Symptoms and Signs of Hypercalcemia (Elevated Calcium Levels)

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Medically Reviewed on 8/8/2022

Doctor's Notes on Hypercalcemia (Elevated Calcium Levels)

Hypercalcemia is a condition in which levels of calcium in the body are elevated above what is considered normal (normal calcium vary with age; most labs consider 10.5 mg/dL and above as hypercalcemia in adults over age 35).

Signs and symptoms of hypercalcemia are minor in most patients but as calcium levels increase, symptoms become more pronounced. Symptoms of hypercalcemia (elevated calcium levels) are often described as "moans, stones, groans, and bones." “Moans” symptoms of hypercalcemia refer to gastrointestinal conditions including 

“Stones” symptoms of hypercalcemia refer to kidney-related conditions and include

“Groans” symptoms of hypercalcemia refer to psychological conditions and include

“Bones” symptoms of hypercalcemia refer to bone pain and bone-related conditions including

  • bone aches and pains,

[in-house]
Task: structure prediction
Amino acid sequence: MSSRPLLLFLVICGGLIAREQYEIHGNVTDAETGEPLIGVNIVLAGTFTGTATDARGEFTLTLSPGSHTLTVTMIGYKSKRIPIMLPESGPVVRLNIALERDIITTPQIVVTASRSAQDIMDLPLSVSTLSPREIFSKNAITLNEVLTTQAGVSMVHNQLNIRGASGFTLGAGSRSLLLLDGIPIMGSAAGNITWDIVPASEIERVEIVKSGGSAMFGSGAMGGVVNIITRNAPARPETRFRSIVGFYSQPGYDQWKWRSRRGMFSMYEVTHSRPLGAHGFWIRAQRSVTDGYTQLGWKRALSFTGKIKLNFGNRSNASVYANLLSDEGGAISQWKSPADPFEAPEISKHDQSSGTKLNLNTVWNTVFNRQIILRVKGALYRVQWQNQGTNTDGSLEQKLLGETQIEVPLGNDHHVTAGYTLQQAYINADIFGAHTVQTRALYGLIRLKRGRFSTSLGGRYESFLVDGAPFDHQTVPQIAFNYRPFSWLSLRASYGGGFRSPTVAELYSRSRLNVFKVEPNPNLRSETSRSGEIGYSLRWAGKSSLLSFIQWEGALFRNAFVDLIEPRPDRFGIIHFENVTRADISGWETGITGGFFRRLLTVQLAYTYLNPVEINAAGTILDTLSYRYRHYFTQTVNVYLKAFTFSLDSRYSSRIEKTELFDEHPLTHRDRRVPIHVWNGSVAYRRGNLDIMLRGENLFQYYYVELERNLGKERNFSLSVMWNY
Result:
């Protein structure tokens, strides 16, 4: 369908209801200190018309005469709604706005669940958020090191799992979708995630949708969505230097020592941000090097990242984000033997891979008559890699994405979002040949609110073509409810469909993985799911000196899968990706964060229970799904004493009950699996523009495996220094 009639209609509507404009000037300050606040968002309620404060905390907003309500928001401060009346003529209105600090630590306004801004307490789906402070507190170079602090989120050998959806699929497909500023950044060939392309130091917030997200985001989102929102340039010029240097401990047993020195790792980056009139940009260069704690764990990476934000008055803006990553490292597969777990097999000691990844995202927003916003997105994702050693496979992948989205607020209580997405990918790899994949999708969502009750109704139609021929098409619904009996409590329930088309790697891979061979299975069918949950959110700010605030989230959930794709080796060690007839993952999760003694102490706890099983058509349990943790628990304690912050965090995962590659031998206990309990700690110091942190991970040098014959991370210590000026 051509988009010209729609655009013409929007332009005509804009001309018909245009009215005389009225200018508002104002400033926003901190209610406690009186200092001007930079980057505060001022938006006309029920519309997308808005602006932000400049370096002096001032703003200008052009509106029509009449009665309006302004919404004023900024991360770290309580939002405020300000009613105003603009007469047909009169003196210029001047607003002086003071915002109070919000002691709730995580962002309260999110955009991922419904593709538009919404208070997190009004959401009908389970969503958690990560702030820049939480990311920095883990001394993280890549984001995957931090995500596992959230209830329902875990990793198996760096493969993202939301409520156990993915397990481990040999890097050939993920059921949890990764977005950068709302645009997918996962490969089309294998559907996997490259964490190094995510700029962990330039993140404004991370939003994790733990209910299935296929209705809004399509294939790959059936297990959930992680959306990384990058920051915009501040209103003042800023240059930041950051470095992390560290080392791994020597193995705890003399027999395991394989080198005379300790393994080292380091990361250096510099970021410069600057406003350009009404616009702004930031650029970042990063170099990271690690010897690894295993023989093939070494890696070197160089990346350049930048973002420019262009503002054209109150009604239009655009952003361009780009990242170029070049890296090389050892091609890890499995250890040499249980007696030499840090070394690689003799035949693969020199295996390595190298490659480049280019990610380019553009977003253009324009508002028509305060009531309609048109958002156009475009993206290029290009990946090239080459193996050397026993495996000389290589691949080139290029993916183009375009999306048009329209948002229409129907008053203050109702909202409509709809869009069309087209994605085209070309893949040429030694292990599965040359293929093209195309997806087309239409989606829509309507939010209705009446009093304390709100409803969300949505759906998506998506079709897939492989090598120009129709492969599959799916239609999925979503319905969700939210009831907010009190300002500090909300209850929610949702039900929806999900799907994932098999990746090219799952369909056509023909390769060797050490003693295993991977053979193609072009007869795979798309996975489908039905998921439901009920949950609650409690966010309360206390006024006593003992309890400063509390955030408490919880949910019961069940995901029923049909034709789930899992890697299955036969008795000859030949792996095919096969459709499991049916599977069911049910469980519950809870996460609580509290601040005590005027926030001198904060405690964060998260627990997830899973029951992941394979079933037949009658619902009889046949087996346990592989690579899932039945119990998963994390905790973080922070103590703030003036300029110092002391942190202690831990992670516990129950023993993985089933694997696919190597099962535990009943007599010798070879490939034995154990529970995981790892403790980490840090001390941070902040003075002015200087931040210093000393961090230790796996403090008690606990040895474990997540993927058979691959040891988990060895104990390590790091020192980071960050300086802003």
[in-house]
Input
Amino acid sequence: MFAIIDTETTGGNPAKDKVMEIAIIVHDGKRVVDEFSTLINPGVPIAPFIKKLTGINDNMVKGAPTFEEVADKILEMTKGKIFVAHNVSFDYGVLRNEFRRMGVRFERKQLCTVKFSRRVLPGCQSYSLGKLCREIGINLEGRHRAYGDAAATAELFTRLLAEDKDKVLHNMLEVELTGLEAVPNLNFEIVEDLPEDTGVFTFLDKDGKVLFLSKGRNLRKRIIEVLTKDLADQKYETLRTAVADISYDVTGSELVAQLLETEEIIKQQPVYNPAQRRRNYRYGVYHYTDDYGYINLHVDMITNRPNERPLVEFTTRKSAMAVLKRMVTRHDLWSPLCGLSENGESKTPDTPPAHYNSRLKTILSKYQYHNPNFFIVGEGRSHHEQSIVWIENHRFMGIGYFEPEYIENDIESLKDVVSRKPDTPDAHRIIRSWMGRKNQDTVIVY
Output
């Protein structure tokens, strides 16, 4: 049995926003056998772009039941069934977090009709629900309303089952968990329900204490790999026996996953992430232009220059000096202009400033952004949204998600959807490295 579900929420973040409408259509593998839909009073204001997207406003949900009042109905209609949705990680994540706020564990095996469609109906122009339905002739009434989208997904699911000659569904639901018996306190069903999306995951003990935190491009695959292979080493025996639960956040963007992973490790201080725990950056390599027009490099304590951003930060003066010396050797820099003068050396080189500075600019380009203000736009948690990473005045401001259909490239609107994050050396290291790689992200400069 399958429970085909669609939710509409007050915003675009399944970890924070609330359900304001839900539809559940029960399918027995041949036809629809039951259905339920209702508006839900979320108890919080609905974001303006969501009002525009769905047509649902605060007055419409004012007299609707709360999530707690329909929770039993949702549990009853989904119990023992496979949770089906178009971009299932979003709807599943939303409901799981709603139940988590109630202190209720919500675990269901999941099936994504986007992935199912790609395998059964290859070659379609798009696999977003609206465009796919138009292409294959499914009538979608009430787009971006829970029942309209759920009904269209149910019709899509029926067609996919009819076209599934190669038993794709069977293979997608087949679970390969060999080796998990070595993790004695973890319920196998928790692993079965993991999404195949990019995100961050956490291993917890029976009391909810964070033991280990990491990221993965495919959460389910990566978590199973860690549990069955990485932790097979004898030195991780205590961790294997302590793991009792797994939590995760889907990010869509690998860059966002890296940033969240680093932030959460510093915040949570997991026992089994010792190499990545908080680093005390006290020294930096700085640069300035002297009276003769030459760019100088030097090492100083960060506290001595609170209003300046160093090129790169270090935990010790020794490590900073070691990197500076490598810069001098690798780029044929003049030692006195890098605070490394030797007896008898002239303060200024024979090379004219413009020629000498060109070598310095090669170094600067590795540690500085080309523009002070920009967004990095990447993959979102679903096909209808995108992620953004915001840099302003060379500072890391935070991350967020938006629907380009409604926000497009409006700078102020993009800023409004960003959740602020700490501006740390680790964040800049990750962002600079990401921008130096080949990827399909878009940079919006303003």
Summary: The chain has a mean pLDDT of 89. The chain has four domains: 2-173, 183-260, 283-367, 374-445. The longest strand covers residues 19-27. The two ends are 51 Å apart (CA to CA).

• curving of the spine and loss of height, and
  • fractures.

Extreme elevations in calcium levels may cause coma.

What is the treatment for hypercalcemia?

Treatment depends on the symptoms and calcium levels as follows:

  • Mild: > 10.5 <12 mg/dL; little or no symptoms – avoid such compounds like thiazide diuretics, lithium carbonate therapy, volume depletion and any other compounds or life styles that tend to increase calcium levels like inactivity, high calcium diet and some vitamin supplements.
  • Moderate: 12 to 14 mg/dL; may be managed by methods listed for mild but require treatment listed for severe if a patient develop sensorium changes.
  • Severe: > 14 mg/dL; symptoms of lethargy, stupor, confusion, coma for example, need aggressive therapy with IV isotonic saline and calcitonin. Other compounds such as bisphosphonates and denosumab and/or dialysis may be used in some patients.

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Kasper, D.L., et al., eds. Harrison's Principles of Internal Medicine, 19th Ed. United States: McGraw-Hill Education, 2015.